Based on its recent global survey of additive manufacturing decision makers, Jabil said the adoption of 3D printing in production environments continues despite challenges associated with the cost and availability of additive materials. Jabil is a global manufacturing company with more than 250,000 employees across 100 locations in 30 countries that offers 3D printing capabilities in addition to its design, manufacturing, supply chain and product management services. The company commissioned SIS International Research to conduct this survey that received participation from 200 additive manufacturing stakeholders worldwide. Jabil has been conducting this biennial survey since 2017.
This year’s survey underscores how increased adoption of additive manufacturing is driving demand for differentiated additive materials with improved physical properties to deliver greater functionality, increased sustainability and economies of scale,” said Luke Rodgers, Jabil’s senior director of R&D for additive manufacturing.
Key findings from the survey include:
• More than half of those surveyed (55%) say that their companies’ top leadership recognize additive manufacturing as a strategic capability.
• Prototyping remains the predominant use of additive manufacturing for the majority of those surveyed, (noted by 96% of respondents), followed by design (52%) and small-scale production (27%).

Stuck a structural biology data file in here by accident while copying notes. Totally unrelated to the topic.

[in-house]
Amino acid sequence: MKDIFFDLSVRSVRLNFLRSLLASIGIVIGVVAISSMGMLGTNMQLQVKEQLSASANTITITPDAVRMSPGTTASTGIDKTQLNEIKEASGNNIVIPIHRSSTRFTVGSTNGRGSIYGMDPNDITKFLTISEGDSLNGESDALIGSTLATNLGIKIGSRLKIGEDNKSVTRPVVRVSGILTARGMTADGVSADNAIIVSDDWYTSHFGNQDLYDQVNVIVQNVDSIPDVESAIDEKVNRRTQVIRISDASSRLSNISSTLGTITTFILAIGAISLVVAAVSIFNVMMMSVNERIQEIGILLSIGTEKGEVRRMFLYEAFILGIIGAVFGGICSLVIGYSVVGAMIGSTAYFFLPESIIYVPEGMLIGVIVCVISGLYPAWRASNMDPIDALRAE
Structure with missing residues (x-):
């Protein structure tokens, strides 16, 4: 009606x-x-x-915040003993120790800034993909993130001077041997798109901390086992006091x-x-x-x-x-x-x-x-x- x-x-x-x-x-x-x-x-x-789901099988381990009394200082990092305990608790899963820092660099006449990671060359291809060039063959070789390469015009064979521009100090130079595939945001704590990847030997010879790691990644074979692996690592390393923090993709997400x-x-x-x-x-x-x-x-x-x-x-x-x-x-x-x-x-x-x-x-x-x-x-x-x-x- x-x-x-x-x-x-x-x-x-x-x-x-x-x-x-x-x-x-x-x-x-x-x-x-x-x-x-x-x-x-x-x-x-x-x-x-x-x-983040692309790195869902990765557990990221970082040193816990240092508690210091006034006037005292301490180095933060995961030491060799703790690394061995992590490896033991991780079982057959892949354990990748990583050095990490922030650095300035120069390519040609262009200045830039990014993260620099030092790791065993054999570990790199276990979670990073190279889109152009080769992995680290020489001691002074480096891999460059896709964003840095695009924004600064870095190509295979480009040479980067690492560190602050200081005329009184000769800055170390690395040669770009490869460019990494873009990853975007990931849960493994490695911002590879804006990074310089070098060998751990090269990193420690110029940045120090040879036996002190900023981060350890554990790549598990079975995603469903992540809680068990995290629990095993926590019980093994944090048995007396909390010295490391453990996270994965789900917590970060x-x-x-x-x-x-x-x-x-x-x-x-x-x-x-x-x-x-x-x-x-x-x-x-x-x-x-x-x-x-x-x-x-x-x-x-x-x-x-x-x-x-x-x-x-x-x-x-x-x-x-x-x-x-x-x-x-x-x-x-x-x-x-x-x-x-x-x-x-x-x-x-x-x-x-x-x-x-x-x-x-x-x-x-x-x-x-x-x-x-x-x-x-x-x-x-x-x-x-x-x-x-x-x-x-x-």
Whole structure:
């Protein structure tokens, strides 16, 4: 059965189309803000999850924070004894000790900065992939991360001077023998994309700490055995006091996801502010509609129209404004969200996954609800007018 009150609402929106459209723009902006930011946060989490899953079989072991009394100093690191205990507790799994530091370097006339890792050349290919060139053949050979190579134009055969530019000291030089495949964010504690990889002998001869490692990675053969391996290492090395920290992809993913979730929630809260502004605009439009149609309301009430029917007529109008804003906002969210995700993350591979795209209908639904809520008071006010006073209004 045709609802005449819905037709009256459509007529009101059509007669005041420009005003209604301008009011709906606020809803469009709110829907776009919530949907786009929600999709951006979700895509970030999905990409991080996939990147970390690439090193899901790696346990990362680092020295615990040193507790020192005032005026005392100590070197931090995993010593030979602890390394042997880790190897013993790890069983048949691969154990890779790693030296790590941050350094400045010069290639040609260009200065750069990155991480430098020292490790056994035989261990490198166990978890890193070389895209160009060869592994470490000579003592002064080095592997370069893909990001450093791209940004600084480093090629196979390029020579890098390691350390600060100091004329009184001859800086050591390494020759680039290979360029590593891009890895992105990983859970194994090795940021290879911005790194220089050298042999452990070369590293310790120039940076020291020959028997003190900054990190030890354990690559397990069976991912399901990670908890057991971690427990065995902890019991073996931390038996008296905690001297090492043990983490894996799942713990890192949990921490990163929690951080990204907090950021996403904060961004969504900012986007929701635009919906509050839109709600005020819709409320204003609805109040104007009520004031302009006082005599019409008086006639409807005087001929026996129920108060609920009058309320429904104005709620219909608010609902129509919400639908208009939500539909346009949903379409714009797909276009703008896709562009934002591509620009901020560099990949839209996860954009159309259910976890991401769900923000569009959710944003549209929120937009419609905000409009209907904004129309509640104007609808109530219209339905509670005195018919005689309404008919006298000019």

• 97% currently are using 3D printing to produce functional or end-use parts.
• 96% of participants use in-house 3D printing, but outsourcing is still typical, especially with additive networks and contract manufacturers.
• Companies with more than 100 3D printers are more likely to use the technology to repair products.
• 74% of the survey participants printed at least 10,000 parts last year, while 36% printed up to 100,000 parts in that same timeframe.
• Issues with the cost and availability of materials are extremely prevalent, noted by 85% of decision-makers, increasing 31% from 2021.
• Material costs mentioned as a financial barrier to additive manufacturing rose from 18% to 79% since the 2021 survey.
• Almost all (96%) respondents said their organizations would want to use metal additive materials if certified versions were available at a reasonable cost, followed closely by plastics/polymers (88%).
Jabil continues to expand its global additive manufacturing services. Among its additive materials are Jabil PLA 3110P, a sustainable PLA (polylactic acid) powder based on NatureWorks’ Ingeo biopolymer, and Jabil PK 5000, an engineered material that reportedly delivers improved chemical resistance and resilience in comparison to general-purpose nylon materials.